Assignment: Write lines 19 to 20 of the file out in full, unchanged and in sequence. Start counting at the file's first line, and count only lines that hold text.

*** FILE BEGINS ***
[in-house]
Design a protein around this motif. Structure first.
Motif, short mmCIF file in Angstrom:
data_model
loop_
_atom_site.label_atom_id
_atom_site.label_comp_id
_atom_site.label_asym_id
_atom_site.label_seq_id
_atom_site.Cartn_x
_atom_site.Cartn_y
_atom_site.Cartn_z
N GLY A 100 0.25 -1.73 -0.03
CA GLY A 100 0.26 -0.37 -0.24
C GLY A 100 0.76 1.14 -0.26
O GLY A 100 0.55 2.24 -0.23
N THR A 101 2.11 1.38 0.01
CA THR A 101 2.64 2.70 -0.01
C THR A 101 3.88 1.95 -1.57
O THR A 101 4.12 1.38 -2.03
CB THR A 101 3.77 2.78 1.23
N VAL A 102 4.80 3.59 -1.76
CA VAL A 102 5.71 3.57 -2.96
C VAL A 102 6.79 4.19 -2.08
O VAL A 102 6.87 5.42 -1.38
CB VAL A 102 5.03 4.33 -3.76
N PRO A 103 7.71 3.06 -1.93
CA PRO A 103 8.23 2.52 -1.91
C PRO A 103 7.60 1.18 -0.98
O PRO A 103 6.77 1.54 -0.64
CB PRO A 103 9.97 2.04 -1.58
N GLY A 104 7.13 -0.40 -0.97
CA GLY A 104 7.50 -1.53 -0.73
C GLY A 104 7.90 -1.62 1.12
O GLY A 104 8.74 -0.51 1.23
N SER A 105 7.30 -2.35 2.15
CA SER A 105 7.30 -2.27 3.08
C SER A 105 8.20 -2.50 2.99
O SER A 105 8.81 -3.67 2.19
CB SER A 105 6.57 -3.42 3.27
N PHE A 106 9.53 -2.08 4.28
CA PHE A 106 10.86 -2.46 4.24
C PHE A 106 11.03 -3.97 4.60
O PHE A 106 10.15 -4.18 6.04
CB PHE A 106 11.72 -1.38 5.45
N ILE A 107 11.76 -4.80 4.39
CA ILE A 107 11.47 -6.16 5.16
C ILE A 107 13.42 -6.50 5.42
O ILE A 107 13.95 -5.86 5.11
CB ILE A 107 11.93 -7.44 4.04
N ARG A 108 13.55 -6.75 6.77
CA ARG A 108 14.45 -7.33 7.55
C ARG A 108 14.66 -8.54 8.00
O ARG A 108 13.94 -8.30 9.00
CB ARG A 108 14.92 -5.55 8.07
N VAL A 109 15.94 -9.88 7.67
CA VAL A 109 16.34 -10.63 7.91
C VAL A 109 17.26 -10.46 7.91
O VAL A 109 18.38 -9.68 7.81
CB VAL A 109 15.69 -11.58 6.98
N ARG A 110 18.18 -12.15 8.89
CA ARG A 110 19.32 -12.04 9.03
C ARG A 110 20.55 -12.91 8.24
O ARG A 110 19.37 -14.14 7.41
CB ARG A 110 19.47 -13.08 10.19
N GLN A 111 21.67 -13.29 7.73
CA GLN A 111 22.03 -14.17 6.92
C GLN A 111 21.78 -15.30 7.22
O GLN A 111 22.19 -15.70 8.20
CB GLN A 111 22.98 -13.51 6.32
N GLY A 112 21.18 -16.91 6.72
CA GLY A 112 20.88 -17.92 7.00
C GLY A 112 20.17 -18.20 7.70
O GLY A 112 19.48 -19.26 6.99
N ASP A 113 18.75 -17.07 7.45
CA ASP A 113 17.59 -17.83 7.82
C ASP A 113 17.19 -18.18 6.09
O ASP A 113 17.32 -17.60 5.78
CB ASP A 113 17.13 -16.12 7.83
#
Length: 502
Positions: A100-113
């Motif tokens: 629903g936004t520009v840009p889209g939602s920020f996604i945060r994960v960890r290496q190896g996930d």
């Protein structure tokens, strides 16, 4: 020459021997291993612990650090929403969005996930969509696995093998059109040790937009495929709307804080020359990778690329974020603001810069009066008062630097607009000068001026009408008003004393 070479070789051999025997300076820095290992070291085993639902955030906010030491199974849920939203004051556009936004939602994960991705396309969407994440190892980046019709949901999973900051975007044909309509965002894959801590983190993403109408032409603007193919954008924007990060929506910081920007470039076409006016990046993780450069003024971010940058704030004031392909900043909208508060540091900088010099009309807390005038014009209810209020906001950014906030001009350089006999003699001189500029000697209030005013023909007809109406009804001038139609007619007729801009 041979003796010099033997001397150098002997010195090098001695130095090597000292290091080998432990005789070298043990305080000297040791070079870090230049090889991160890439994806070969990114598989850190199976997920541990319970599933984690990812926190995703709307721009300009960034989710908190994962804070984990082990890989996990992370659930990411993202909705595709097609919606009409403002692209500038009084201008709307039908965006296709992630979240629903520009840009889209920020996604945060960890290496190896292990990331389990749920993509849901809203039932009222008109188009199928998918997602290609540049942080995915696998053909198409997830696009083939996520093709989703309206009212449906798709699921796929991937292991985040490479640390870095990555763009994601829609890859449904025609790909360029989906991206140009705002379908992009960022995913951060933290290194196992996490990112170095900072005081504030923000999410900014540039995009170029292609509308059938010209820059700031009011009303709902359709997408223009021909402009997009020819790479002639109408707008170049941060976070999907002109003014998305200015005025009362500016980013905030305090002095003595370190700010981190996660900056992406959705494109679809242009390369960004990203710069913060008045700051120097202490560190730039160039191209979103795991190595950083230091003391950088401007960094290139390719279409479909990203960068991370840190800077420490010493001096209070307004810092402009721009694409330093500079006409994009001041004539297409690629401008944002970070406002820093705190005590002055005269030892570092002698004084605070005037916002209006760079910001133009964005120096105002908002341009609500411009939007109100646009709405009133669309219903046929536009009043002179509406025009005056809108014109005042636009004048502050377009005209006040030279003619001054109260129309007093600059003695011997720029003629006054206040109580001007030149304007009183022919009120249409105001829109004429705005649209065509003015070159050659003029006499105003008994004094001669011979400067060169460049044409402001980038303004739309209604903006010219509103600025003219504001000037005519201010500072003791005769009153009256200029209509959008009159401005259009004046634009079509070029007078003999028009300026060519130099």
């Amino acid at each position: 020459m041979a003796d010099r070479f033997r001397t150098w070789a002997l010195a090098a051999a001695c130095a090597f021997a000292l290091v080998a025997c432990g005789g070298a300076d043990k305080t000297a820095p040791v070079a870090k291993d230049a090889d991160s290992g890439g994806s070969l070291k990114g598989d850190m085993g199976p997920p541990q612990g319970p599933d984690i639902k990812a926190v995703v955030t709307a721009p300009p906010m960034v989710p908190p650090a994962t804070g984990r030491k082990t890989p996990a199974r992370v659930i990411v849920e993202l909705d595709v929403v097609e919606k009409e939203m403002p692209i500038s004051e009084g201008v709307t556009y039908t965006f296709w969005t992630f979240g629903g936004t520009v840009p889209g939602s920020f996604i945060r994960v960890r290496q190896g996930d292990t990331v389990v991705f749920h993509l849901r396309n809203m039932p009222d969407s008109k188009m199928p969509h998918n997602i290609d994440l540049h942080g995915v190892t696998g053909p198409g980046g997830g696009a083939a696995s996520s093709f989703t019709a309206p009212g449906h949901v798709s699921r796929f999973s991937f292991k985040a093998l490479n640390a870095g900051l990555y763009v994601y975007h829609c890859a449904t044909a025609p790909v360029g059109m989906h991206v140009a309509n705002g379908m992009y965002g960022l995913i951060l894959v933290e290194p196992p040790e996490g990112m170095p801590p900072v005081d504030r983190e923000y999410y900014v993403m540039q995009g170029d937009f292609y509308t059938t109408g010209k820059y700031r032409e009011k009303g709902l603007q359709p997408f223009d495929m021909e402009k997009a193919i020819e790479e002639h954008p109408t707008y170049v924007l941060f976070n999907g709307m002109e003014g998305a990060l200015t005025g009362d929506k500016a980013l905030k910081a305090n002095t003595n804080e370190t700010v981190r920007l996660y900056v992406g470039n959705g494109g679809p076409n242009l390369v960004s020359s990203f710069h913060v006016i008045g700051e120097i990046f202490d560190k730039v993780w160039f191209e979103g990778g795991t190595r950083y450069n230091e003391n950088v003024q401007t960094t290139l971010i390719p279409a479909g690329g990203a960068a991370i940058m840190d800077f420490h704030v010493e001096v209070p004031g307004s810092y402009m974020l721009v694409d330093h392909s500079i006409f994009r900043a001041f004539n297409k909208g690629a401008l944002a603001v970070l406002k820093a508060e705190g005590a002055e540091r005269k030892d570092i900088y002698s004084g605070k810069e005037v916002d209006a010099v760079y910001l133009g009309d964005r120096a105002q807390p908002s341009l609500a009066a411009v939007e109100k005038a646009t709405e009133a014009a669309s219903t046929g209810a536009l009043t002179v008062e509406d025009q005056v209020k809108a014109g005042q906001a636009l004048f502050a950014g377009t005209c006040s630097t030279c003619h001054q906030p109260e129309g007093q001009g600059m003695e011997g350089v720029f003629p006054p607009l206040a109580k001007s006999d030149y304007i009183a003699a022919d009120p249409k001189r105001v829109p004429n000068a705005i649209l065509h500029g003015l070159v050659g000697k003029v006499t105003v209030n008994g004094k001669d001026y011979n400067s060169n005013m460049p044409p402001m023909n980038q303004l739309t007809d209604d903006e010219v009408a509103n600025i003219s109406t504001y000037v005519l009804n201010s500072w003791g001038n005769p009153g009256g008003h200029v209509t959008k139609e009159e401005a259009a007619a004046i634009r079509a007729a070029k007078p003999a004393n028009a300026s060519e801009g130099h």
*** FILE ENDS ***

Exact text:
C THR A 101 3.88 1.95 -1.57
O THR A 101 4.12 1.38 -2.03